Likewise, they can offer the Flower Communion as created in 1923 by the Czech minister Norbert Capek, or the lighting of our chalice (explaining its historic significance as a symbol of liberty and of resistance in the context of Nazism).

Unitarianism has at its disposal a theology, a history, a tradition both spiritual and cultural, and its own rituals (the flaming chalice and the Flower Communion). We are extremely proud of this and have no reason at all to abandon the field of Christianity which saw the birth of our movement. On the contrary, we should collaborate with all other Christians who wish to construct a modern Christianity with a liberal spirit more faithful to its origins. As such, we launch a pressing appeal to European Unitarian Christians to actively participate in the European Liberal Protestant Network (ELPN).

In reaffirming a radical monotheism (God is One), Unitarian Christianity allows the establishment of theologically continuous relations with Judaism and Islam. The major obstacle to inter-religious dialogue with these religions lies, in effect, in the divinisation of Jesus.

During the twentieth century, some Unitarian congregations decided that a belief in Christianity (One God and reference to the teachings of Jesus) was no longer a prerequisite for the recruitment of new members. These assemblies have thus become progressively multi-faith (hétérogènes). It is because of this that Unitarians who remain faithful to their original tradition call themselves "Unitarian Christians." (Previously this was a tautology because all Unitarians were Christians.) In order to remove ambiguity about our faith and for clarity's sake we recommend the use of this name.

Unitarian-Universalism presents itself as a new religion which concentrates on immediate universal approaches to the concept of religion. We share with it many things, notably the first part of our history (up to the American thinker William Ellery Channing), our reference to Michael Servetus (his work and his martyrdom), our solidarity with the Transylvanian Unitarian Church, the Unitarian rituals of the Flower Communion and the flaming chalice and our liberal conception of the Christian religion and other sources of religion, etc. We have to establish solid and friendly partner relationships with Unitarian-Universalists, as is already the case within the International Council of Unitarians and Universalists (ICUU). The same attitude advised in whichever country a UU communinity exists.

The ICUU was founded in 1995 from three spiritual families: Unitarianism (including our historic Churches and Unitarian Christian associations); Universalism (namely the sphere of influence which was that of the Universalist Church, a Christian Church in the United States between 1779 and 1961); and, lastly, Unitarian-Universalism (created in 1961 by the merger of American Unitarian congregations and the Universalist Church). Those Unitarian Christians and historic churches remaining faithful to the origins of Unitarianism in the sixteenth-century form an important part of this whole and intend to preserve their own identity. Respectful dialogue and fruitful exchange is conditional on the avoidance of any confusion and ambiguity as well as any cultural and religious imperialism. For this reason, we ask that ICUU should be written with an 'and' (i.e. Unitarians and Universalists), and not with a hyphen (in French), nor with an asterisk.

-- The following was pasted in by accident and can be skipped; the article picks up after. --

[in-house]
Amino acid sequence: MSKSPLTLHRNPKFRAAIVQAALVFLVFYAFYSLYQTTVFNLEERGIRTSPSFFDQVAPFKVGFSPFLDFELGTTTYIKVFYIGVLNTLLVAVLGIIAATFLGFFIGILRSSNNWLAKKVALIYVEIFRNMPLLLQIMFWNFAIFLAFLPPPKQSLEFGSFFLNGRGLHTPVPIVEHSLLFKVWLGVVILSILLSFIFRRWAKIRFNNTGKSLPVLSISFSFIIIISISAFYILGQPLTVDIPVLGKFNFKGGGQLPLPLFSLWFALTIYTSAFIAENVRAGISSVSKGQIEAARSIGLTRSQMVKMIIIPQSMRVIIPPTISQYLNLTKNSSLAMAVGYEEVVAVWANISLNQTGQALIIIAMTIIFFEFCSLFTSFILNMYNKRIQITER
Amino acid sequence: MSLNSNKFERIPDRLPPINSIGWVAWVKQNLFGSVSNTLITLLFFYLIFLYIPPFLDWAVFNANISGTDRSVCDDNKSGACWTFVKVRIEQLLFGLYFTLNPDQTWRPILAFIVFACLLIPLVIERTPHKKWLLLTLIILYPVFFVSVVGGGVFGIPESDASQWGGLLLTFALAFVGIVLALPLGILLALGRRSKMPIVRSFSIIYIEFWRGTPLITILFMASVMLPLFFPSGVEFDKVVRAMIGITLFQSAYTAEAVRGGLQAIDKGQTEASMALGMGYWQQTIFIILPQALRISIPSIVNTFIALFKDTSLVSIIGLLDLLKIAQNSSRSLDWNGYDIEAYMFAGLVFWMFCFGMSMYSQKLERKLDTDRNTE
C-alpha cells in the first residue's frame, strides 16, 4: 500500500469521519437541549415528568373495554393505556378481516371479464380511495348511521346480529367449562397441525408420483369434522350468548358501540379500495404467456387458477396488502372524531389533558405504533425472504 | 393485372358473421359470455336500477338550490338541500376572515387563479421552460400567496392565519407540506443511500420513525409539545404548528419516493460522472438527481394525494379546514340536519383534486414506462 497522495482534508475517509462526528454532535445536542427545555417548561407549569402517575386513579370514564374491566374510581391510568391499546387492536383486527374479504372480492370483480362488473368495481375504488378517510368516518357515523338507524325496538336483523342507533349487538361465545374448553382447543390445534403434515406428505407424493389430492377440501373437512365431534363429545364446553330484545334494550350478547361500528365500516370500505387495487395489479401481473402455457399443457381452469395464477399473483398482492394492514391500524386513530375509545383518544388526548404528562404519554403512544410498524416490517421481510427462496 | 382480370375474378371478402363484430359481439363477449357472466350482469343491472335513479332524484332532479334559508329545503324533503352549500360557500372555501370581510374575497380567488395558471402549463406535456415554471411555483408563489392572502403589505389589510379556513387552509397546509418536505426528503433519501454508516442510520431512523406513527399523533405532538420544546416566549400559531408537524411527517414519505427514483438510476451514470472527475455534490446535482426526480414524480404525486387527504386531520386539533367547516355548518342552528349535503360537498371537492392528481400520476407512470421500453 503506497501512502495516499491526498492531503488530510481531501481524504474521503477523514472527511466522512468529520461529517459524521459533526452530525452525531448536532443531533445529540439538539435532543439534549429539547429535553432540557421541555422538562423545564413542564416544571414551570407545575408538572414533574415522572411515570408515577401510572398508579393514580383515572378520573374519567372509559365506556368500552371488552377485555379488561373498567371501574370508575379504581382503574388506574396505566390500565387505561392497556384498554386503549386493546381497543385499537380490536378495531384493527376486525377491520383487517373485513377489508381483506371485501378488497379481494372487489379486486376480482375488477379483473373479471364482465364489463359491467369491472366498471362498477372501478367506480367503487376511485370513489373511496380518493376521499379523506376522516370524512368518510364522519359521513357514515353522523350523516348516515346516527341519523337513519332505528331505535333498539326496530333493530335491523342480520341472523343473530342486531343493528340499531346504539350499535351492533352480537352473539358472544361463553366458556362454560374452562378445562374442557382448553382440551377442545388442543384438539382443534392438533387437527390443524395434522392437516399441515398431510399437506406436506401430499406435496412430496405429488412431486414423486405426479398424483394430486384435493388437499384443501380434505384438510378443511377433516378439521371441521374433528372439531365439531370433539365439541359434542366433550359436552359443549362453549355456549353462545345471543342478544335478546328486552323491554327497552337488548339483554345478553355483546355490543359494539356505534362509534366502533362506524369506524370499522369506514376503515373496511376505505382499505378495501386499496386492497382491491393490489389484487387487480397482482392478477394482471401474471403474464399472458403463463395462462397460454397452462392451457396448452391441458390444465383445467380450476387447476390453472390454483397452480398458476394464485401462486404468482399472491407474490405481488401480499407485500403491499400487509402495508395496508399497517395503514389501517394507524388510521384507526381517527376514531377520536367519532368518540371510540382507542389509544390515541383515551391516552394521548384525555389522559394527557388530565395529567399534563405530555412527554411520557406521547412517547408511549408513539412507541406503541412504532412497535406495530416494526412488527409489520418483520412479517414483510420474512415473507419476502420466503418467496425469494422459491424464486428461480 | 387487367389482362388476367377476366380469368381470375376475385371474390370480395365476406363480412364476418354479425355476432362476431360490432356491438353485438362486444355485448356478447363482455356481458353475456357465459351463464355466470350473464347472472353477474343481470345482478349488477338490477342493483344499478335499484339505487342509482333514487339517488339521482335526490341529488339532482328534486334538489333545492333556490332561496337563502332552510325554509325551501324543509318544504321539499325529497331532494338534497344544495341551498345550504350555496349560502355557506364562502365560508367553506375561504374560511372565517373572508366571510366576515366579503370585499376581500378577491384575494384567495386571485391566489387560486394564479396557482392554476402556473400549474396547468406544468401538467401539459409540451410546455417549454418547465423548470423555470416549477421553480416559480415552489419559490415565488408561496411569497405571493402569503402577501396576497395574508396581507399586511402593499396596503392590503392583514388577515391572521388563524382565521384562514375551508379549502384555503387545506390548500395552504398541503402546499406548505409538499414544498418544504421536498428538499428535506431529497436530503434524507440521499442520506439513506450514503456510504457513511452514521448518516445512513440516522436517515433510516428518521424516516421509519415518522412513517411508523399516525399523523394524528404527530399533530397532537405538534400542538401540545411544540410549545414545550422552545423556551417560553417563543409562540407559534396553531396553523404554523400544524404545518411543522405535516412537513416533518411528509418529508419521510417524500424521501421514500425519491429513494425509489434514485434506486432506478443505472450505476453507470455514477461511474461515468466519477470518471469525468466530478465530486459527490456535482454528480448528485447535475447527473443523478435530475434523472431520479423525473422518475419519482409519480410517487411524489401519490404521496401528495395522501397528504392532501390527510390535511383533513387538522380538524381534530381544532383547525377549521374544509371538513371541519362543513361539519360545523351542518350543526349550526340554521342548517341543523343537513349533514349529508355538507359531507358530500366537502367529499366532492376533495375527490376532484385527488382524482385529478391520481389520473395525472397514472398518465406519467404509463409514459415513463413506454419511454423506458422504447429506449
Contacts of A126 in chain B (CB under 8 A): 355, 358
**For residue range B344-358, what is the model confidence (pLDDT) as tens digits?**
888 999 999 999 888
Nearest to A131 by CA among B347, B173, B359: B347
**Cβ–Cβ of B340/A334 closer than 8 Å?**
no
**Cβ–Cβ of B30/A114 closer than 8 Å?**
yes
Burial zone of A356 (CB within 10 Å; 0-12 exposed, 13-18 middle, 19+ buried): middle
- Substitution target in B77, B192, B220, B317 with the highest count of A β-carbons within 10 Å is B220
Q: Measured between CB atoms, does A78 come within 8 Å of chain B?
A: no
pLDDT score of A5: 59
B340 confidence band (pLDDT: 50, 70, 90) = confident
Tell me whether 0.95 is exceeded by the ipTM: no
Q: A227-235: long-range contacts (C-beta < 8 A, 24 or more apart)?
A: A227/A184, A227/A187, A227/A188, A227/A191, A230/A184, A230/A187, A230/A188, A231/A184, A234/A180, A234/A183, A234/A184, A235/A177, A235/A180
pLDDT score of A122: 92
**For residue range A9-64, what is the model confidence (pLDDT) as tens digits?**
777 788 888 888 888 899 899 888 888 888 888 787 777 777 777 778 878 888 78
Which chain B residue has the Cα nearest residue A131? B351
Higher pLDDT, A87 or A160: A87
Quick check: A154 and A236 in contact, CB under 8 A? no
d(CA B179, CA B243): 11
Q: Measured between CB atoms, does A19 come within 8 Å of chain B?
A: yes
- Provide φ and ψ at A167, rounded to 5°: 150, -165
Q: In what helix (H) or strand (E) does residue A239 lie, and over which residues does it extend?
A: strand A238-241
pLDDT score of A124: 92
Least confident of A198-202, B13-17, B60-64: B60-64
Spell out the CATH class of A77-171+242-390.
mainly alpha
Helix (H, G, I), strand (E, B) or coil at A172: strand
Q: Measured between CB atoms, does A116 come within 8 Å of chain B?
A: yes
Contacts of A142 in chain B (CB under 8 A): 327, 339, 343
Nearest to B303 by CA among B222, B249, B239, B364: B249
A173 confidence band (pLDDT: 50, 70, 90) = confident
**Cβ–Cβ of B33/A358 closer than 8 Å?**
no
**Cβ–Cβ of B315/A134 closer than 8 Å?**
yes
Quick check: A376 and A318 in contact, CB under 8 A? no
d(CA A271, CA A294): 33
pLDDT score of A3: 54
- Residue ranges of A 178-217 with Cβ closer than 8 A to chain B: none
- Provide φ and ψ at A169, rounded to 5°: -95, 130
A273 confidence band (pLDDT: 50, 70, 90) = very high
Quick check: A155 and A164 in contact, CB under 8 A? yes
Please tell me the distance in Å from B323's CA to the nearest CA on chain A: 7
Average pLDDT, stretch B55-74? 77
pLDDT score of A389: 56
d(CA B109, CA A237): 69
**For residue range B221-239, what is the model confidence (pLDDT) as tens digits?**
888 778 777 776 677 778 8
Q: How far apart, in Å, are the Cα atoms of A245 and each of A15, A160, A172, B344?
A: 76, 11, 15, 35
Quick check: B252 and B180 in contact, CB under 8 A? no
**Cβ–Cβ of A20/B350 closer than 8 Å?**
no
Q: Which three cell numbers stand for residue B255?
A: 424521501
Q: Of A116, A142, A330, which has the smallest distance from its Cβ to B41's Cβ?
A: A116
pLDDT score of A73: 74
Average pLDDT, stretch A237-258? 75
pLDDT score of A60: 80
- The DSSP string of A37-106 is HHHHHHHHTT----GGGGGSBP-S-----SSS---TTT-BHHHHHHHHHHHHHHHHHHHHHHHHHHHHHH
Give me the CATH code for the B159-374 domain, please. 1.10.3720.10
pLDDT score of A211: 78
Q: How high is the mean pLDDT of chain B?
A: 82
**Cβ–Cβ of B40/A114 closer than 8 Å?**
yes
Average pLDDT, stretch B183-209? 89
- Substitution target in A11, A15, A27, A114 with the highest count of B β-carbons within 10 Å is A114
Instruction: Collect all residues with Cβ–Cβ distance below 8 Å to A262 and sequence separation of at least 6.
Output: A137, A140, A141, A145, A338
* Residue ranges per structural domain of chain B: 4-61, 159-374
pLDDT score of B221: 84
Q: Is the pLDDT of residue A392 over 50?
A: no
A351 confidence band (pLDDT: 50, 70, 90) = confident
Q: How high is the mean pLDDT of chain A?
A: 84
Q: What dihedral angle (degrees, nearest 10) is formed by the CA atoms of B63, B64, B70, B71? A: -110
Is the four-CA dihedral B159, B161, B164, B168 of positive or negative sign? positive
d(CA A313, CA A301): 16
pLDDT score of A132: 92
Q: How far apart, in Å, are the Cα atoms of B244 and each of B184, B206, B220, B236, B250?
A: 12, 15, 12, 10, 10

The ICUU is an entirely appropriate meeting space and Unitarian Christians intend to participate in it with complete loyalty. It would be a mistake to envisage a separate international organisation reserved solely for Unitarian Christians. Likewise, all our activities are open to Unitarians of all kinds.

As the ELPN has existed since 1998, it makes sense for European Unitarian Christians to make the most of this network so as to meet and consult with each other more easily and maintain close relations with their liberal Protestant friends.

We hope that all believers and humanists around the world will participate in the advent of inter-convictional societies where liberty of conscience prevails and not just a single system of thought, where the mutual benefits of engagement with each other rather than forced encounters are recognised, where laity and democracy (necessary for dialogue that is free from any kind of fanaticism) are found, and where respect for life and our environment exist so that we can pass on a better world to future generations. We Unitarian Christians can contribute joyfully to a creation, made by God at the beginning of time, still growing, ever progressing and moving towards greater fellowship, the bearer of understanding and love.

English translation by Marie-Claire Lefeuvre, Susanna and Andrew Brown

I'd just add that the distinction made between the UUA producing a new religion and something more traditional everywhere else is far too sweeping, and that the Unitarian Christian Association in the UK is a specific rightward pressure group that in no way represents all Christian based views within Unitarianism. People I used to congregate with found the group to be too divisive. Ah, such is the way with organised religion. Also Norbert Capek introduced the Flower Communion because the bread and wine communion was unacceptable (to many Jews sheltered in the congregation), and the same is true today in British and American Unitarianism (as I found out myself when I presided at one even when written to take account of the breadth of Unitarian opinion). Note also that many Unitarians do not reject the Incarnation, not as Martineau understood it (a more general sense) and my puzzle is that if God dwelt fully in Jesus surely then Jesus has something to do with God - it's not quite unitarian, is it?

1 comment:

Knut K. Heidelberg said...

Shabbat shalom.
Love the picture :-) Good article.

Yours, Knut Heidelberg